Planned obsolescence: do our televisions have a reduced lifespan?

Planned obsolescence: do our televisions have a reduced lifespan?

The average lifespan of televisions is seven and a half years in France. It is little for these sophisticated devices, judges an association which points the finger at the programmed obsolescence.

Planned obsolescence: do our televisions have a reduced lifespan?

About fifty televisions are waiting to be repaired by a repairer. Three or four devices are added every day. A customer’s television suddenly stopped. “The device is rather recent, it is 6 years old. It’s been early ”, explains the repairman. The average lifespan of a television is seven and a half years in France. Only 29% of broken televisions were repaired between 2017 and 2019. The problem often stems from elements that are difficult to change, such as the LED bars, located inside the television.

Getting manufacturers moving

These components are singled out by an association which fights against planned obsolescence. “We have small components that are undersized and break down too often. And afterwards, you have to change a whole panel, a central and extremely expensive element, rather than this small component which costs very little, that’s the problem ”, denounces Laetitia Vasseur, director of the association Halte à obsolescence programmed.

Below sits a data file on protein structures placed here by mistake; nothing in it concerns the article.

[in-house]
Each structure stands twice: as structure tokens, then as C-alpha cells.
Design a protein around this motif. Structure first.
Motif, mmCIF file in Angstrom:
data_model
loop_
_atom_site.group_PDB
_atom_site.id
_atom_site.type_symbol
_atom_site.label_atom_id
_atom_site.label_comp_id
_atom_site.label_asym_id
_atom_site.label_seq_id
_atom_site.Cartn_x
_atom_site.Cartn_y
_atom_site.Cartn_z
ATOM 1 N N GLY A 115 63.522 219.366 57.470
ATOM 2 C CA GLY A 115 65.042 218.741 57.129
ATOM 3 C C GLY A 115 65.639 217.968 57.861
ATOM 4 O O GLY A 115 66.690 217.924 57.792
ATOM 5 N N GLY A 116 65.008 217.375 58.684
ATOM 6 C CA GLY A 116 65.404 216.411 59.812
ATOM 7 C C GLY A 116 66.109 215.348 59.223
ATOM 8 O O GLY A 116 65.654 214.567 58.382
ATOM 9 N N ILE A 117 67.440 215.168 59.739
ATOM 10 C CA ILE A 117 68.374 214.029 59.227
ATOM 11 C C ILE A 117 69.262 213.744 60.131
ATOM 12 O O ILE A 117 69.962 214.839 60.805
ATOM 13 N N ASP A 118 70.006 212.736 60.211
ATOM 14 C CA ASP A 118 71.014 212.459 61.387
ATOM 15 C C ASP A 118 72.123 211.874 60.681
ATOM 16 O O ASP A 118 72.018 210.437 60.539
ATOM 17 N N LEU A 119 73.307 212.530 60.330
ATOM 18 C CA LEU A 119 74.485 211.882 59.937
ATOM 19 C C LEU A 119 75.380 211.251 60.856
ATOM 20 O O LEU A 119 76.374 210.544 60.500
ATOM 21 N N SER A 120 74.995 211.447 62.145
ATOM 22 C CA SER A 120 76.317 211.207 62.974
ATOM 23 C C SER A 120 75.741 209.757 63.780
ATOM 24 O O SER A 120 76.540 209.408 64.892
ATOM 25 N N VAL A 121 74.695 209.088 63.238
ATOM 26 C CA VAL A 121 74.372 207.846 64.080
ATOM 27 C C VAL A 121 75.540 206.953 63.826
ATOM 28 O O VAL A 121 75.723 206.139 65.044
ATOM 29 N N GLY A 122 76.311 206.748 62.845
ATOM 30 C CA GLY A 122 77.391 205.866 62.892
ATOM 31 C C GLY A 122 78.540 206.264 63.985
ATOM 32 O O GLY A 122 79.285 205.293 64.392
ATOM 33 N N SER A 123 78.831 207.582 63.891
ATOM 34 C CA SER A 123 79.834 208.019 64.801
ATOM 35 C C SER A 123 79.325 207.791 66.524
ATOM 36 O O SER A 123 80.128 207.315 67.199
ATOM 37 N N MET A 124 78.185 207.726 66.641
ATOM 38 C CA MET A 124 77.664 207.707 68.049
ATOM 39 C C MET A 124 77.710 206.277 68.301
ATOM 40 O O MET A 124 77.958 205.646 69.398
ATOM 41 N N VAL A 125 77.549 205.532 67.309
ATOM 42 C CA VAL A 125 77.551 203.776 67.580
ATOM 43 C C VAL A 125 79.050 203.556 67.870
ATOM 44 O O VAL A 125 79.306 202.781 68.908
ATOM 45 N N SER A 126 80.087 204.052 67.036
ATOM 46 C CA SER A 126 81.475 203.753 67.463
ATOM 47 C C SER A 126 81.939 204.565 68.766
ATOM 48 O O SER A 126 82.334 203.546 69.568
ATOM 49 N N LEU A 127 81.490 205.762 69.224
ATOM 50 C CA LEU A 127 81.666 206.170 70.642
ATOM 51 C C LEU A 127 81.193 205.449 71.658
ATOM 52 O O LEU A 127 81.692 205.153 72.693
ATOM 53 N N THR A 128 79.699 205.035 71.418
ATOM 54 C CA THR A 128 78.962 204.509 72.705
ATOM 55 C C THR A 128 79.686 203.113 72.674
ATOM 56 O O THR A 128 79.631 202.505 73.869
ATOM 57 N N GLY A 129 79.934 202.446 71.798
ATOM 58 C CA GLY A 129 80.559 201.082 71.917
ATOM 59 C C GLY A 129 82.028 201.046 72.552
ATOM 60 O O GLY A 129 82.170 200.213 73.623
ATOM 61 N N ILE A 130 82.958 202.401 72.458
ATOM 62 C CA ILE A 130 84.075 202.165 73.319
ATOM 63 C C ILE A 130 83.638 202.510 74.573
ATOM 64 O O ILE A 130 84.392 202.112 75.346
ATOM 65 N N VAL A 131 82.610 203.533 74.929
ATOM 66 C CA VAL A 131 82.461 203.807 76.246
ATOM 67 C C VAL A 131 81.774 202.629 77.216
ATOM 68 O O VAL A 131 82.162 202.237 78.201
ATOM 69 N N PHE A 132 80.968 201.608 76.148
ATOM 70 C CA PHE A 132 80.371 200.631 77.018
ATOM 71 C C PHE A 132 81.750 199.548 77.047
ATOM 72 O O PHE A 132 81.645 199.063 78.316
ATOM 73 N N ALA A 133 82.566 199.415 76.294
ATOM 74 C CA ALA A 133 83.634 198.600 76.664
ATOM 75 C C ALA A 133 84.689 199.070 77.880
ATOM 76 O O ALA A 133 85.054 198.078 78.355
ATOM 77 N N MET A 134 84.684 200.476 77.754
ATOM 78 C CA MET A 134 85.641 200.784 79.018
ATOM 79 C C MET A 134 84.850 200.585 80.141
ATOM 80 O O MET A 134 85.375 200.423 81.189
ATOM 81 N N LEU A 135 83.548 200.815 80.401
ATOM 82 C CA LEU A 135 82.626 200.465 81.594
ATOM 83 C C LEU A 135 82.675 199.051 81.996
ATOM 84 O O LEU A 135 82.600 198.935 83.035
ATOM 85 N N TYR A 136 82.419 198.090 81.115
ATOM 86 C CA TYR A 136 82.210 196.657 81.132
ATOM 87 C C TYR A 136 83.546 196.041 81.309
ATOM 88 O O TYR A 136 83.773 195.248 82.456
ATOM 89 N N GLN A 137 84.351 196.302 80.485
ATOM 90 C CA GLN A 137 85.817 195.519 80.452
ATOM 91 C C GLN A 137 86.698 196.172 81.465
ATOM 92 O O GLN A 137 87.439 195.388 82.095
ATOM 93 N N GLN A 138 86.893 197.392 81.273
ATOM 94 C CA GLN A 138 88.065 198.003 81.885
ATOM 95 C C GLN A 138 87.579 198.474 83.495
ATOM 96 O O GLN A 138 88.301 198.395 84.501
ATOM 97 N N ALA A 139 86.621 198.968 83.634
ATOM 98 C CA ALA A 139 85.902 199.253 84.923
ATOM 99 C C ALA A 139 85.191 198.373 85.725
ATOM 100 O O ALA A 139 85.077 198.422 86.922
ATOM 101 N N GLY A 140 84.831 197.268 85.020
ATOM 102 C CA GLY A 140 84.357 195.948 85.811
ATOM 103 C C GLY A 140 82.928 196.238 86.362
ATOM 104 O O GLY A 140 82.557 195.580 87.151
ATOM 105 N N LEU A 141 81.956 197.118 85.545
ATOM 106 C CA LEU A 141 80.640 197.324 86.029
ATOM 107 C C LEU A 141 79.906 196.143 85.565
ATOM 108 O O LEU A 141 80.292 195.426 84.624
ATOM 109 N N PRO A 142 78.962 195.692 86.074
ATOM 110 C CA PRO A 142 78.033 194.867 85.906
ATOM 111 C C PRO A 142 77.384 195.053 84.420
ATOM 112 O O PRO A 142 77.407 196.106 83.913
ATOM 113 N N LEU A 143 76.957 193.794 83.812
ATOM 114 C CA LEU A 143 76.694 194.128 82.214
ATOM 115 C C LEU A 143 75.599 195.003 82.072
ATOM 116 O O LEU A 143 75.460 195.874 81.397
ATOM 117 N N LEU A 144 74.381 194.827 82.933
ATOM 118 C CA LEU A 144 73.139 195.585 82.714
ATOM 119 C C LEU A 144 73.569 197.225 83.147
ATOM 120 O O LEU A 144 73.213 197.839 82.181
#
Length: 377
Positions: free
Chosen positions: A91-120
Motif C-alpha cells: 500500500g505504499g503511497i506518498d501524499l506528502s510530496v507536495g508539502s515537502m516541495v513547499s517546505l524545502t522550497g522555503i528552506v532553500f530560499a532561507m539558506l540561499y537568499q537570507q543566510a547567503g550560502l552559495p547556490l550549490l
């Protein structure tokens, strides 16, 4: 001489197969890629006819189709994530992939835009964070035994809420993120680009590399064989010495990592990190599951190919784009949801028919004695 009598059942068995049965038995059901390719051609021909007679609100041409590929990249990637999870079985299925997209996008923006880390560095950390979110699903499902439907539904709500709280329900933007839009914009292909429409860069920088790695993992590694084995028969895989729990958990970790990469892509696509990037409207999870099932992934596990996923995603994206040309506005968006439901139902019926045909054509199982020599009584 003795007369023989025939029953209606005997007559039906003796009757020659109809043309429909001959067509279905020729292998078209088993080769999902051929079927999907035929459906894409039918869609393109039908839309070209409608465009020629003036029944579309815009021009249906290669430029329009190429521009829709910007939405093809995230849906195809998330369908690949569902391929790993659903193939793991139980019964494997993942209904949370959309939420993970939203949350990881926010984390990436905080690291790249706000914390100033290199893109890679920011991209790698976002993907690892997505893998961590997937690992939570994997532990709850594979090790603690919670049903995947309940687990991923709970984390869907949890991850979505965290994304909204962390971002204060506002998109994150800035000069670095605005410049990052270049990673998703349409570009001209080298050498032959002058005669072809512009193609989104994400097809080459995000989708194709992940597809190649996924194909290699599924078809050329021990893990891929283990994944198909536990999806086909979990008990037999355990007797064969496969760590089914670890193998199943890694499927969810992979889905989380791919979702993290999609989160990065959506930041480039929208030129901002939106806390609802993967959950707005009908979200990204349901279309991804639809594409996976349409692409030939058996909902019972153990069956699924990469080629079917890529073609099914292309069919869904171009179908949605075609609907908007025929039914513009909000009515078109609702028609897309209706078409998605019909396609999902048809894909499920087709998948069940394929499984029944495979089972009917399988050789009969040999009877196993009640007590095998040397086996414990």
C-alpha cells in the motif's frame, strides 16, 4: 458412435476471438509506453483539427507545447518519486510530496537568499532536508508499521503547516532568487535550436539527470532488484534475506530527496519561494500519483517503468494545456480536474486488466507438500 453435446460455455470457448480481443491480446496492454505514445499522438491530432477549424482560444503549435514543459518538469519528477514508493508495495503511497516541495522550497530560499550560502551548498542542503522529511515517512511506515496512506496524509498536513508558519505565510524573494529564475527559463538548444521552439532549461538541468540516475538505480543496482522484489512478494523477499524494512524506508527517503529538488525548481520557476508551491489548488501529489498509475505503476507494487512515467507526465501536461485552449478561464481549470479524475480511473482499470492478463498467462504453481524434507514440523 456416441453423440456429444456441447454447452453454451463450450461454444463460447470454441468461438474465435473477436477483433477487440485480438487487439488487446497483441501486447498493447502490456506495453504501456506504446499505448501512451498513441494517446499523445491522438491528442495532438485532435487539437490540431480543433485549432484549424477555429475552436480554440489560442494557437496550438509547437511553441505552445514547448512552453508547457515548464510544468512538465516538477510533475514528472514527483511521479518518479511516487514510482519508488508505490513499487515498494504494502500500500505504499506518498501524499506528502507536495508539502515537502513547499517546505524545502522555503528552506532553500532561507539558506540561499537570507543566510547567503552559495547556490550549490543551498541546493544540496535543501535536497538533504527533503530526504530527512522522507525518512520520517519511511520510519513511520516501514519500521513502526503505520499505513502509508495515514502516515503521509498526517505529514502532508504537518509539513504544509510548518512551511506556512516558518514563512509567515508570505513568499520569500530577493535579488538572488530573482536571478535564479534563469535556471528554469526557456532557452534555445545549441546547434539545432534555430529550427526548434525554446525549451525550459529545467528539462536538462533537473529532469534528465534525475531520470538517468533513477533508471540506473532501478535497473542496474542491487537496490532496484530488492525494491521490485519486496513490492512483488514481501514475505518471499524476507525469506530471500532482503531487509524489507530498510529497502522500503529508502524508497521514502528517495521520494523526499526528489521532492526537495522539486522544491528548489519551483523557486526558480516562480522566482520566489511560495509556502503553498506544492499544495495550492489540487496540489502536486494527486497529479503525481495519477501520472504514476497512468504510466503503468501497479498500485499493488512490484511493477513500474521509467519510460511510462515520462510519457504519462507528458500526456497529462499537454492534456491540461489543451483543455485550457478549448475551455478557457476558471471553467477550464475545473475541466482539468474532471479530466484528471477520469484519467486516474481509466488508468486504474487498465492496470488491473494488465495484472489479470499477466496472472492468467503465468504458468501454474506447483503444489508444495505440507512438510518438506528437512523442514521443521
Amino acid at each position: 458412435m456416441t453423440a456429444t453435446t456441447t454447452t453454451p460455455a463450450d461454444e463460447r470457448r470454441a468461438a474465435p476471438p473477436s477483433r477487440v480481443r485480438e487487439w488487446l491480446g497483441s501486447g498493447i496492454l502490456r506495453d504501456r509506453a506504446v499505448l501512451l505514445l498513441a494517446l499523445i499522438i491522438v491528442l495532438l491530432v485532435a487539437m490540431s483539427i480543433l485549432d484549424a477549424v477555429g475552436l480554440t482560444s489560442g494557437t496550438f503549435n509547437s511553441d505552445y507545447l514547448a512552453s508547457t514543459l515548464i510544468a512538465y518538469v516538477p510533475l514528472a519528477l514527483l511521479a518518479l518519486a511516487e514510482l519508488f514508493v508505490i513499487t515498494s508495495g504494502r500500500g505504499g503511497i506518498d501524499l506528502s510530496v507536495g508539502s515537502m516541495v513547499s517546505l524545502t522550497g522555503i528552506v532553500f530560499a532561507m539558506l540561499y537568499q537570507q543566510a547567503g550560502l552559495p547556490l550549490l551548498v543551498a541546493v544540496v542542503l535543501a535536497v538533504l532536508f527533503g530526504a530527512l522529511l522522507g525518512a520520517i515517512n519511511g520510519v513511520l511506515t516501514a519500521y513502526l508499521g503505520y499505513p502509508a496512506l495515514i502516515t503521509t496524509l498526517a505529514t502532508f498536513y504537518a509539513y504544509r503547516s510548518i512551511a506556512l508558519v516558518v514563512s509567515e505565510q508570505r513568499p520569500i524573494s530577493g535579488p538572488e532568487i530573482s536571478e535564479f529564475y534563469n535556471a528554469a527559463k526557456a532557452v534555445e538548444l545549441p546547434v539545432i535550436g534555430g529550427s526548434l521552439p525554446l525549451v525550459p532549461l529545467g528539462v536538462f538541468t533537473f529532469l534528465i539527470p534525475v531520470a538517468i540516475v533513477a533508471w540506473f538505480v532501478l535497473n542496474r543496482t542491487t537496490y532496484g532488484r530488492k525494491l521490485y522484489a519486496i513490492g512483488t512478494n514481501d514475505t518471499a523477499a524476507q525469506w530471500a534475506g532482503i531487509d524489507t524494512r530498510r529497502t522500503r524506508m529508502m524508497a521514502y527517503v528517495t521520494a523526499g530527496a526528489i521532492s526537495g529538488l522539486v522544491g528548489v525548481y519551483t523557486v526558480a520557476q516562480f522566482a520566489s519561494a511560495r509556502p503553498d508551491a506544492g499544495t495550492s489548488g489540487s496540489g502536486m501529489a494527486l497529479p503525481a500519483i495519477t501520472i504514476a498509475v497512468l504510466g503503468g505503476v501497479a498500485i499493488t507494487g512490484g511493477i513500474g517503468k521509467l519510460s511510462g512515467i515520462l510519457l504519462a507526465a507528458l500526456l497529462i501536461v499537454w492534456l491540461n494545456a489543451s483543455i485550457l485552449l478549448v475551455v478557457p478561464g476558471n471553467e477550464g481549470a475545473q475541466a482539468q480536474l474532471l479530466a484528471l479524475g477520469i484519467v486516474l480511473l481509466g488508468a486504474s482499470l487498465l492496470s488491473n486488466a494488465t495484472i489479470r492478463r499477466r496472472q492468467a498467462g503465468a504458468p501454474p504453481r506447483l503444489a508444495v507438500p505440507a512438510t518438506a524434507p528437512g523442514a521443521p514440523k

Our Sources:

For statistics change of televisions; https://www.halteobsolescence.org/hop-lance-un-appel-aux-fabricants-pour-des-televiseurs-plus-durables/

For sustainability: https://labo.fnac.com/guide/barometre-fnac-darty-sav-edition-2019-d disponible/

TV failures: https://www.ademe.fr/sites/default/files/assets/documents/infographie-etude-francais-reparation-2019-3-televiseur.pdf

Non-exhaustive list